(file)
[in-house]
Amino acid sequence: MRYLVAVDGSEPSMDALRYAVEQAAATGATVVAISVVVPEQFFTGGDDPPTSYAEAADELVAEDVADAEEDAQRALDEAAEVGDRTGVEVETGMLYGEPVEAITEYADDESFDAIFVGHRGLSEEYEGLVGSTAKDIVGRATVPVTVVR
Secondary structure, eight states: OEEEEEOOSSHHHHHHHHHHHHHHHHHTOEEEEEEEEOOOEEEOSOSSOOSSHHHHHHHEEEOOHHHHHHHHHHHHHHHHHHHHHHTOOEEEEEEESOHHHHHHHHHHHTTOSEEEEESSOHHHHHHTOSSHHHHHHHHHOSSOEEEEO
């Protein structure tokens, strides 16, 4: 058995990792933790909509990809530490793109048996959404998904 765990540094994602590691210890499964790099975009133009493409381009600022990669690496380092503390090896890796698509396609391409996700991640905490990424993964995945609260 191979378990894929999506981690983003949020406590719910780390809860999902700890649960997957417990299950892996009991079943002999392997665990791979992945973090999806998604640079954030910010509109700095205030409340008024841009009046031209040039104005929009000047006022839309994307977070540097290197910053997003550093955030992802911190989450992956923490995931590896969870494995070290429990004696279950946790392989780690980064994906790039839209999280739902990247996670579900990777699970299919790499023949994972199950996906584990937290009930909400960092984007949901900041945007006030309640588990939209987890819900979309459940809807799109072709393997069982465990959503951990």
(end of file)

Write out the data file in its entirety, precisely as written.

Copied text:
[in-house]
Amino acid sequence: MRYLVAVDGSEPSMDALRYAVEQAAATGATVVAISVVVPEQFFTGGDDPPTSYAEAADELVAEDVADAEEDAQRALDEAAEVGDRTGVEVETGMLYGEPVEAITEYADDESFDAIFVGHRGLSEEYEGLVGSTAKDIVGRATVPVTVVR
Secondary structure, eight states: OEEEEEOOSSHHHHHHHHHHHHHHHHHTOEEEEEEEEOOOEEEOSOSSOOSSHHHHHHHEEEOOHHHHHHHHHHHHHHHHHHHHHHTOOEEEEEEESOHHHHHHHHHHHTTOSEEEEESSOHHHHHHTOSSHHHHHHHHHOSSOEEEEO
């Protein structure tokens, strides 16, 4: 058995990792933790909509990809530490793109048996959404998904 765990540094994602590691210890499964790099975009133009493409381009600022990669690496380092503390090896890796698509396609391409996700991640905490990424993964995945609260 191979378990894929999506981690983003949020406590719910780390809860999902700890649960997957417990299950892996009991079943002999392997665990791979992945973090999806998604640079954030910010509109700095205030409340008024841009009046031209040039104005929009000047006022839309994307977070540097290197910053997003550093955030992802911190989450992956923490995931590896969870494995070290429990004696279950946790392989780690980064994906790039839209999280739902990247996670579900990777699970299919790499023949994972199950996906584990937290009930909400960092984007949901900041945007006030309640588990939209987890819900979309459940809807799109072709393997069982465990959503951990």